Curiosities of the loggerhead sea turtle in Tenerife

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During our whale sighting trips in Tenerife we also come across other animals that are not cetaceans, and among them the most common is the loggerhead sea turtle (Caretta caretta). These animals are very curious; Next, I am going to tell you the most interesting facts about this precious specie:

  • Its adult size reaches between 90 and 150kg, with more than a meter long. The shell is reddish and hard and forms part of its skeleton, which is made up of more than 50 bones.
  • Their diet is omnivorous, they have very strong jaws, but without teeth to eat crustaceans, sea urchins, corals, jellyfish or algae.
  • Its distribution is in warm or temperate waters, although they are capable of making very long migrations. The turtles that we see during our tours were born in Florida and come to our waters guided by the currents when they are young. Here they feed and grow until they return to the same beach where they were born, where the females can spawn.
  • They use the Earth’s magnetic field to orient themselves.
  • They nest in the sand making a hole. They deposit about 100 eggs and after two months they hatch. The sex of the turtles will depend on the temperature: if it is high, more females will come out; if it is low, there will be a higher proportion of males.
  • It is estimated that only 1 in 100 turtles reach adulthood.
  • This species can live between 150 and 200 years.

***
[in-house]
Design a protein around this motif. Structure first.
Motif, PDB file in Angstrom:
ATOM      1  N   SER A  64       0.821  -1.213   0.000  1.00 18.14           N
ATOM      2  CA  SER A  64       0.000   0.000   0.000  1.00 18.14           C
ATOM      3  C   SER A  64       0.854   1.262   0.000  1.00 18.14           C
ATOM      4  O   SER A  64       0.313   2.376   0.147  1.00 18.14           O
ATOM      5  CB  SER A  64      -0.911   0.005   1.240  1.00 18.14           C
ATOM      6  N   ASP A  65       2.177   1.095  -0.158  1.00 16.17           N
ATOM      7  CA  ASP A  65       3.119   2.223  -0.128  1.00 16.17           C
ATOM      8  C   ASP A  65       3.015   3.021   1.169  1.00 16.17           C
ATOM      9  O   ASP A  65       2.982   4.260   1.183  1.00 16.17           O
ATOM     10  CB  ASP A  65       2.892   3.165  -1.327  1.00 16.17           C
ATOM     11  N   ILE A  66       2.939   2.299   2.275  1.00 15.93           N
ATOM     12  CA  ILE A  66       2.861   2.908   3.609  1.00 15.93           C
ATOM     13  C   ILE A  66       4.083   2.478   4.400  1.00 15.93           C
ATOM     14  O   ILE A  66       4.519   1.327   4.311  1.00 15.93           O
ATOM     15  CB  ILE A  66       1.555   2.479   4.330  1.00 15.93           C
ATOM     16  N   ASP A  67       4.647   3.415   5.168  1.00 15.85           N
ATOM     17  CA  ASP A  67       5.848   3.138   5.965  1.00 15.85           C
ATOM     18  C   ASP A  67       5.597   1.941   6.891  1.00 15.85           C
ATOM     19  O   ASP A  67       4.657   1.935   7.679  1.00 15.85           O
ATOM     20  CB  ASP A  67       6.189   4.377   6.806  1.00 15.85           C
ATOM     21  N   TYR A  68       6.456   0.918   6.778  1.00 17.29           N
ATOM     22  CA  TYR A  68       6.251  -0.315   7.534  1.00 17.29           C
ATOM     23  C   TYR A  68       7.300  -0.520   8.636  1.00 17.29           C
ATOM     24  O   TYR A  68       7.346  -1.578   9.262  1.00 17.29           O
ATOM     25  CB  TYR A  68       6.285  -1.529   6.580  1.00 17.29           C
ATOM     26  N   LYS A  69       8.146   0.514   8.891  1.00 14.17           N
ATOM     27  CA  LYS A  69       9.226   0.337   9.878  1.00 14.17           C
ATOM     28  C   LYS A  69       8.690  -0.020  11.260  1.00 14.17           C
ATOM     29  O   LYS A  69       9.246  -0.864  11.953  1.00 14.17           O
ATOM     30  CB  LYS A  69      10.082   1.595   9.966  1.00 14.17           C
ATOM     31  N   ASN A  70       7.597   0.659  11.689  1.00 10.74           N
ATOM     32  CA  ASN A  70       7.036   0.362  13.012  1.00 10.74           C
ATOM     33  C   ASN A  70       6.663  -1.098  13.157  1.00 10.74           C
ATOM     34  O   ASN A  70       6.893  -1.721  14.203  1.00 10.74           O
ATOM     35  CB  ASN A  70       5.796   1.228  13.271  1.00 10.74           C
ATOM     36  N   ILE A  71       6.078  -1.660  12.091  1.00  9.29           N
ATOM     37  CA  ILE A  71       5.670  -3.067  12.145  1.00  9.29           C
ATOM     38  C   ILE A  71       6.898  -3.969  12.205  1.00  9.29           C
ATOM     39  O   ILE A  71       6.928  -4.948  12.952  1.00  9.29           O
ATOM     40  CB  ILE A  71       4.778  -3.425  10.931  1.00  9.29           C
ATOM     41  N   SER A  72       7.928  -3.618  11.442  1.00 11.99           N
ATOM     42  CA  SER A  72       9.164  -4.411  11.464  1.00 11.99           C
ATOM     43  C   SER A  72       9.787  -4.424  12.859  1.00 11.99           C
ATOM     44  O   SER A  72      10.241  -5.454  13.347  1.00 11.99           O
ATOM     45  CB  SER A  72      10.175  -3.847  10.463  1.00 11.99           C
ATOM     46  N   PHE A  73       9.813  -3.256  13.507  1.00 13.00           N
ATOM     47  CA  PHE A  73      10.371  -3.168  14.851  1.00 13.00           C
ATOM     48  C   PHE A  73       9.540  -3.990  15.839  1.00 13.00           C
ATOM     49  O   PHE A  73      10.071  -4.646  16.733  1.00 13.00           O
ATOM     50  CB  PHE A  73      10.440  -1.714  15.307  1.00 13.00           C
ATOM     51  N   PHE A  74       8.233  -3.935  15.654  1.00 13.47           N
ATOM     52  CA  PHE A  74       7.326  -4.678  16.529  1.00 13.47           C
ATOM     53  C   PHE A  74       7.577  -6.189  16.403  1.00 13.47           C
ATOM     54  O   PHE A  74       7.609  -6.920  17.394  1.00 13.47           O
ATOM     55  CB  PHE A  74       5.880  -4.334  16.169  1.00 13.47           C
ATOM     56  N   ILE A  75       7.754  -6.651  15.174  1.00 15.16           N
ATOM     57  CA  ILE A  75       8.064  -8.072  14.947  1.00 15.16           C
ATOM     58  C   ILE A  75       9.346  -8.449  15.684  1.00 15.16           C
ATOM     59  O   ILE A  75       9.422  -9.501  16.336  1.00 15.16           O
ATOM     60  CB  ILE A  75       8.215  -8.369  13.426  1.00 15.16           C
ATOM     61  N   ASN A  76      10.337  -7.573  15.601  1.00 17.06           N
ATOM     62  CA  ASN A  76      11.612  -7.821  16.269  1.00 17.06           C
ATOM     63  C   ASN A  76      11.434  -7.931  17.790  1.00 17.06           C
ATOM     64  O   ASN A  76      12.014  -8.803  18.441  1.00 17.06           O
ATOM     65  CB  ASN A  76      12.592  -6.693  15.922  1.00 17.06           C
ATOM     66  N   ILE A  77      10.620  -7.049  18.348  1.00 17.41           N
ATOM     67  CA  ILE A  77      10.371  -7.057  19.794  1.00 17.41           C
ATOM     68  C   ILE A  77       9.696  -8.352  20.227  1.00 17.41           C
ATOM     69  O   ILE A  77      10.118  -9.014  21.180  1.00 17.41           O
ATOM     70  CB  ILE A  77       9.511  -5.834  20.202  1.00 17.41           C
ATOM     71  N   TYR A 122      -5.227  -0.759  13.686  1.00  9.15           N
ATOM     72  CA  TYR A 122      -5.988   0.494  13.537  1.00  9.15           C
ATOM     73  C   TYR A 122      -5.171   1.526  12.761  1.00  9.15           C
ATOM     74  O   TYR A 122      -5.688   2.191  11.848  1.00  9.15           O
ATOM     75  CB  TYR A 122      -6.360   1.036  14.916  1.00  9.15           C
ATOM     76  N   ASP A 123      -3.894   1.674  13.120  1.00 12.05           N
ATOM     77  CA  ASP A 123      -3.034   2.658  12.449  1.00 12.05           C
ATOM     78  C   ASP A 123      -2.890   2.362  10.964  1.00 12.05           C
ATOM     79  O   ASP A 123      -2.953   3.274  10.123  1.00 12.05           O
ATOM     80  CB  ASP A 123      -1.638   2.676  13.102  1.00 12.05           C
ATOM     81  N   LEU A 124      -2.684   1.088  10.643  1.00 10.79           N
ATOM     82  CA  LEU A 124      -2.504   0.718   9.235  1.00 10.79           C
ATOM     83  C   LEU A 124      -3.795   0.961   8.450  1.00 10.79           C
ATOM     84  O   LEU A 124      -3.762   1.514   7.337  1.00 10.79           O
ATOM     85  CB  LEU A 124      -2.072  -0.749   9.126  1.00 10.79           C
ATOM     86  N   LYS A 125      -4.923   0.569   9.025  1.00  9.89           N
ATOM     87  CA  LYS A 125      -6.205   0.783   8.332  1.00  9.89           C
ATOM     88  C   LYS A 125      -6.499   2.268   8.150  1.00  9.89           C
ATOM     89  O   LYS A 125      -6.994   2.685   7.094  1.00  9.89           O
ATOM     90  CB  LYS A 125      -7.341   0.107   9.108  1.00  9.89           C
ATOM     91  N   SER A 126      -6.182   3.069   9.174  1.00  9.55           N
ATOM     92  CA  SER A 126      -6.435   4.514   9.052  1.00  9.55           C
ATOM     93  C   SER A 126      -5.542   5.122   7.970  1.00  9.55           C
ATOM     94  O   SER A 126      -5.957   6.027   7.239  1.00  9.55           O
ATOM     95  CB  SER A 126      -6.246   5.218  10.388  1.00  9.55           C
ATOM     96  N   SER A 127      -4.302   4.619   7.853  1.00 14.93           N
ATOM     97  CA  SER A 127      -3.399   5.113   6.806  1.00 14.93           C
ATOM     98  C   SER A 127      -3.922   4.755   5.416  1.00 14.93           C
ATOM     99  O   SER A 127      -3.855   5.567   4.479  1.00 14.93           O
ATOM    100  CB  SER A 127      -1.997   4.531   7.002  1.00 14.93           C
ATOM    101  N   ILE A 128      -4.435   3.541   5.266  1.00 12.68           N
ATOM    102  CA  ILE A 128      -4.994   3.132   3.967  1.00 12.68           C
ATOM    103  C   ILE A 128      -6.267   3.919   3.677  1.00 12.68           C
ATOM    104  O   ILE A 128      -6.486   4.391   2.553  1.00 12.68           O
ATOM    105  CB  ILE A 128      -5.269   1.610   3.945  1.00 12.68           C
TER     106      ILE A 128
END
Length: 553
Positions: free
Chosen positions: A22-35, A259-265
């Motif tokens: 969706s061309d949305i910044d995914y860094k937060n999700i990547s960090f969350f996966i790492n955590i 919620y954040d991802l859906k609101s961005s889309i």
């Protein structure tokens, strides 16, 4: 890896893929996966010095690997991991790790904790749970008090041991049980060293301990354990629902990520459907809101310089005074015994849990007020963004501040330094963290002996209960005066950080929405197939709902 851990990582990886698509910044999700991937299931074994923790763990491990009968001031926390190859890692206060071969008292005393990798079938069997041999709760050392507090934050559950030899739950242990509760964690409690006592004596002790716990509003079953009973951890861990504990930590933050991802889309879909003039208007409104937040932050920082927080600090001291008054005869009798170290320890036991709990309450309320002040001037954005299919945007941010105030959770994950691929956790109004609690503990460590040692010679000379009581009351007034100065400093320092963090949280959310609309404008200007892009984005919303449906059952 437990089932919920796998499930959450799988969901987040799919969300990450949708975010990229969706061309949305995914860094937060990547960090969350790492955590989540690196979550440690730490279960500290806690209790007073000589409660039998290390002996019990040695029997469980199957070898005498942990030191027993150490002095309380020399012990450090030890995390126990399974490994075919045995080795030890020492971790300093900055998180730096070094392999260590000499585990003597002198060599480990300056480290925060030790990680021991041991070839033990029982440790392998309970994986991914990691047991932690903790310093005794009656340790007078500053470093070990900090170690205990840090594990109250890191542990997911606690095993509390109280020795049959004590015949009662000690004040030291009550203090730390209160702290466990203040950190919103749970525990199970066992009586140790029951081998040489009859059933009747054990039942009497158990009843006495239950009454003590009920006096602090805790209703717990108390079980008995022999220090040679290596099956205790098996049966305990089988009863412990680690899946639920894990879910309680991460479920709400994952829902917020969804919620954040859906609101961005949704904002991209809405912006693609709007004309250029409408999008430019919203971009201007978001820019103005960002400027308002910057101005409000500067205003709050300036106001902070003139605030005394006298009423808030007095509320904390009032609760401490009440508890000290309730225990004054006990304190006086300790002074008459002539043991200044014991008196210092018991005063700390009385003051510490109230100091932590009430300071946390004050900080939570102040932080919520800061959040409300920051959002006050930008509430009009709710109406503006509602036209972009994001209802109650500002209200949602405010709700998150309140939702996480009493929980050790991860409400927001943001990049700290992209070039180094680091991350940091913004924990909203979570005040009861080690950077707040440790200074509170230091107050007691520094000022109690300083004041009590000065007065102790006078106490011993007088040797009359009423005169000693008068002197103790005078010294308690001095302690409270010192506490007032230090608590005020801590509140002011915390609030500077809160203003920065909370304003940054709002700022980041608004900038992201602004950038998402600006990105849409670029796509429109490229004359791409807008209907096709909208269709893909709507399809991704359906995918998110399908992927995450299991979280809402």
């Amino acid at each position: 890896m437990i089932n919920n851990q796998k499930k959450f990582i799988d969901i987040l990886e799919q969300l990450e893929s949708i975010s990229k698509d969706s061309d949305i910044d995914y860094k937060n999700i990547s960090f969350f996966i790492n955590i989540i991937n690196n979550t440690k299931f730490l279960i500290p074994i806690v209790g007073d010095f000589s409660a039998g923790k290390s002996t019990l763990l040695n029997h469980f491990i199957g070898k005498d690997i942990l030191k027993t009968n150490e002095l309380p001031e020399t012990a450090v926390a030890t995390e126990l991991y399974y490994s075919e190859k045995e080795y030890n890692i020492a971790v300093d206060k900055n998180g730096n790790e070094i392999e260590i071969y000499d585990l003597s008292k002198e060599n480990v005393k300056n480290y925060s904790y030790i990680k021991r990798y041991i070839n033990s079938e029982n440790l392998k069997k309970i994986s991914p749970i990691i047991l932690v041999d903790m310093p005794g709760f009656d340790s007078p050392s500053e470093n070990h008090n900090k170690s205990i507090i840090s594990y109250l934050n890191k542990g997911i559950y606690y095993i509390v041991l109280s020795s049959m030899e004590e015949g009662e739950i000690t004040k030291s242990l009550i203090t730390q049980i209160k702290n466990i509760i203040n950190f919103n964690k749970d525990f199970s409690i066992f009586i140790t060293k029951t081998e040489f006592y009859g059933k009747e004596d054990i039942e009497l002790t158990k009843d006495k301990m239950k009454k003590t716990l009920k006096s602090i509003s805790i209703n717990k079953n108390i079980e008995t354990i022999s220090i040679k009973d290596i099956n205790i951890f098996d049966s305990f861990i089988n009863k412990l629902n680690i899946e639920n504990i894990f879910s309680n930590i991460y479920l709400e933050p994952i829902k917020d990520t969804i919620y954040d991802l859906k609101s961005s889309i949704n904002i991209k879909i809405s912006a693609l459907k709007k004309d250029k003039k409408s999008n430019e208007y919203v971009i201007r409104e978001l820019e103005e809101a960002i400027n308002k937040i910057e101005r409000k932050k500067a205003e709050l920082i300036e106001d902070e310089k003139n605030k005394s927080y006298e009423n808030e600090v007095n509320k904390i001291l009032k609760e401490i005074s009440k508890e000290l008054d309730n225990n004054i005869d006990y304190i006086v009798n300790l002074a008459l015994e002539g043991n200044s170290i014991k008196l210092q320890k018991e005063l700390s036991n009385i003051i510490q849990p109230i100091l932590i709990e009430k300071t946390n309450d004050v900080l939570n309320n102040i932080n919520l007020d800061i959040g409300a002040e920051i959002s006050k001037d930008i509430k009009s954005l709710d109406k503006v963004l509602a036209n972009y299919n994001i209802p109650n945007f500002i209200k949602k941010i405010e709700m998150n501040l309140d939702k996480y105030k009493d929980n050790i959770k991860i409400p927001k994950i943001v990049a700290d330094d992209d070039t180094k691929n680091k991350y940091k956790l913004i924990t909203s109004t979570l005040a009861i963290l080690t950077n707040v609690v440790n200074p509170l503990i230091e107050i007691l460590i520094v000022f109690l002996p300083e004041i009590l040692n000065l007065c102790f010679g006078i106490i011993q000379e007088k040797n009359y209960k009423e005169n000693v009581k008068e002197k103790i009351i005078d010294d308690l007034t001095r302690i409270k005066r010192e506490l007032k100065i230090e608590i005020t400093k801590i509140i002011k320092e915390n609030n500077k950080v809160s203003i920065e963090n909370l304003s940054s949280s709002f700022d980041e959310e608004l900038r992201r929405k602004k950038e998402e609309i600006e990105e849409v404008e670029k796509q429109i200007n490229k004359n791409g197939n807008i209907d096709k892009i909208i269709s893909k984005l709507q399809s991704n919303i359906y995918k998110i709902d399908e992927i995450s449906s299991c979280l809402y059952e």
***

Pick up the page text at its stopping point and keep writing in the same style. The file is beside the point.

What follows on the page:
underwater video of a curious Loggerhead Sea turtle on our tours

During the whale watching tours, when we see turtles, we try to get closer to check their status, since sometimes we find them with problems due to ingestion of plastics, with injuries from hooks or entangled in ropes and bags. Climate change and human irresponsibility seriously affect this species. When we find turtles with problems, we take them and, in collaboration with the La Tahonilla Wildlife Recovery Center, they are treated and cared for and subsequently reintroduced into the marine environment when they are healthy.

For a few months, we have also participated in a project of the University of La Laguna where the aim is to make an identification catalogue of loggerhead turtles. This is possible since the distribution of the plates of the profiles of the face of each individual is different. Therefore, whenever we can, we send them all the photos we take so that they can proceed to that identification. This catalogue is being made due to the feeding problem on the island, where in some recreational activities, or even from the beaches, people provide the turtles with human food. This practice is dangerous because the turtles lose their instinct to return to Florida to reproduce and stay in the Canary Islands during their adult stage.

Encounters with these shy animals are always magical. And you, what are you waiting for to come meet them with us on our ecological tours?


About the Author:

We are a small group of Marine Biologists, Naturalists and Photographers living in Tenerife. When we don't have whale and dolphin watching tours you will find us out on the boat, exploring all the amazing marine wildlife of Costa Adeje, Tenerife. We love what we do, we support research and conservation projects and we hope you will join us.